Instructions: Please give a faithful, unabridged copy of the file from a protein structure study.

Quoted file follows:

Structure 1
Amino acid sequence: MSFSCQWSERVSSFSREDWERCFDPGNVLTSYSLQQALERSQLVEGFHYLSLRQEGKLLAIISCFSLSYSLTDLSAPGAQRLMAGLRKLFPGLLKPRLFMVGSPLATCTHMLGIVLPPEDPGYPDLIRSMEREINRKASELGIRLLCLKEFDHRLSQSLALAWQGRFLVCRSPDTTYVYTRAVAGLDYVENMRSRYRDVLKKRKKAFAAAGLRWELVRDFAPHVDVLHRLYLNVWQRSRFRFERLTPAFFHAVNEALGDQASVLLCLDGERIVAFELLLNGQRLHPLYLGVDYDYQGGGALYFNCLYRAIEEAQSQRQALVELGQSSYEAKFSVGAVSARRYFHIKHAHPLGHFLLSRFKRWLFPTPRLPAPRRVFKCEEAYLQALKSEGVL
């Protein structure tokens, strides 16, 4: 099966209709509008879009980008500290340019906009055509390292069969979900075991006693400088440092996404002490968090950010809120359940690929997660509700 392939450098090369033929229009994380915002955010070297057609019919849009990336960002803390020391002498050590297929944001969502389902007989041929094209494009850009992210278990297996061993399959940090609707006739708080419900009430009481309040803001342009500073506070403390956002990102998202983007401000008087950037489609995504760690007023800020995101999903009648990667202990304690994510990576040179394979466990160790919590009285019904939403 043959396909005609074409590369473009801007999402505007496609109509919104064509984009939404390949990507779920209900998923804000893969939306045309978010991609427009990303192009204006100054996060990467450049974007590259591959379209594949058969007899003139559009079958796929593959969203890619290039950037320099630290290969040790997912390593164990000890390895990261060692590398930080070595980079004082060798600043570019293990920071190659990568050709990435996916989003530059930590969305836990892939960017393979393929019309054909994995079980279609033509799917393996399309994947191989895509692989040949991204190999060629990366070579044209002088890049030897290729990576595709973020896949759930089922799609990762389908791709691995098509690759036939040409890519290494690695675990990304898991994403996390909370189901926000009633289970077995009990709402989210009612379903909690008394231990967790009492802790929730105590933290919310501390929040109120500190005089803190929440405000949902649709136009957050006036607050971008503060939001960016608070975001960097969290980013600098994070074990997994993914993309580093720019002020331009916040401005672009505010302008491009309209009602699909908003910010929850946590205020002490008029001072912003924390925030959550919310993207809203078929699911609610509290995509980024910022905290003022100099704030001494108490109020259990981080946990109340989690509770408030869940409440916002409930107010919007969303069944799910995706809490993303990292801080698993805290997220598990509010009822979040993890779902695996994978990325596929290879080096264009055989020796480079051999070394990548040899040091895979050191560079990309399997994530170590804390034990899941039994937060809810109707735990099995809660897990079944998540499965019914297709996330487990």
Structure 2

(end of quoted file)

Structure 1
Amino acid sequence: MSFSCQWSERVSSFSREDWERCFDPGNVLTSYSLQQALERSQLVEGFHYLSLRQEGKLLAIISCFSLSYSLTDLSAPGAQRLMAGLRKLFPGLLKPRLFMVGSPLATCTHMLGIVLPPEDPGYPDLIRSMEREINRKASELGIRLLCLKEFDHRLSQSLALAWQGRFLVCRSPDTTYVYTRAVAGLDYVENMRSRYRDVLKKRKKAFAAAGLRWELVRDFAPHVDVLHRLYLNVWQRSRFRFERLTPAFFHAVNEALGDQASVLLCLDGERIVAFELLLNGQRLHPLYLGVDYDYQGGGALYFNCLYRAIEEAQSQRQALVELGQSSYEAKFSVGAVSARRYFHIKHAHPLGHFLLSRFKRWLFPTPRLPAPRRVFKCEEAYLQALKSEGVL
């Protein structure tokens, strides 16, 4: 099966209709509008879009980008500290340019906009055509390292069969979900075991006693400088440092996404002490968090950010809120359940690929997660509700 392939450098090369033929229009994380915002955010070297057609019919849009990336960002803390020391002498050590297929944001969502389902007989041929094209494009850009992210278990297996061993399959940090609707006739708080419900009430009481309040803001342009500073506070403390956002990102998202983007401000008087950037489609995504760690007023800020995101999903009648990667202990304690994510990576040179394979466990160790919590009285019904939403 043959396909005609074409590369473009801007999402505007496609109509919104064509984009939404390949990507779920209900998923804000893969939306045309978010991609427009990303192009204006100054996060990467450049974007590259591959379209594949058969007899003139559009079958796929593959969203890619290039950037320099630290290969040790997912390593164990000890390895990261060692590398930080070595980079004082060798600043570019293990920071190659990568050709990435996916989003530059930590969305836990892939960017393979393929019309054909994995079980279609033509799917393996399309994947191989895509692989040949991204190999060629990366070579044209002088890049030897290729990576595709973020896949759930089922799609990762389908791709691995098509690759036939040409890519290494690695675990990304898991994403996390909370189901926000009633289970077995009990709402989210009612379903909690008394231990967790009492802790929730105590933290919310501390929040109120500190005089803190929440405000949902649709136009957050006036607050971008503060939001960016608070975001960097969290980013600098994070074990997994993914993309580093720019002020331009916040401005672009505010302008491009309209009602699909908003910010929850946590205020002490008029001072912003924390925030959550919310993207809203078929699911609610509290995509980024910022905290003022100099704030001494108490109020259990981080946990109340989690509770408030869940409440916002409930107010919007969303069944799910995706809490993303990292801080698993805290997220598990509010009822979040993890779902695996994978990325596929290879080096264009055989020796480079051999070394990548040899040091895979050191560079990309399997994530170590804390034990899941039994937060809810109707735990099995809660897990079944998540499965019914297709996330487990």
Structure 2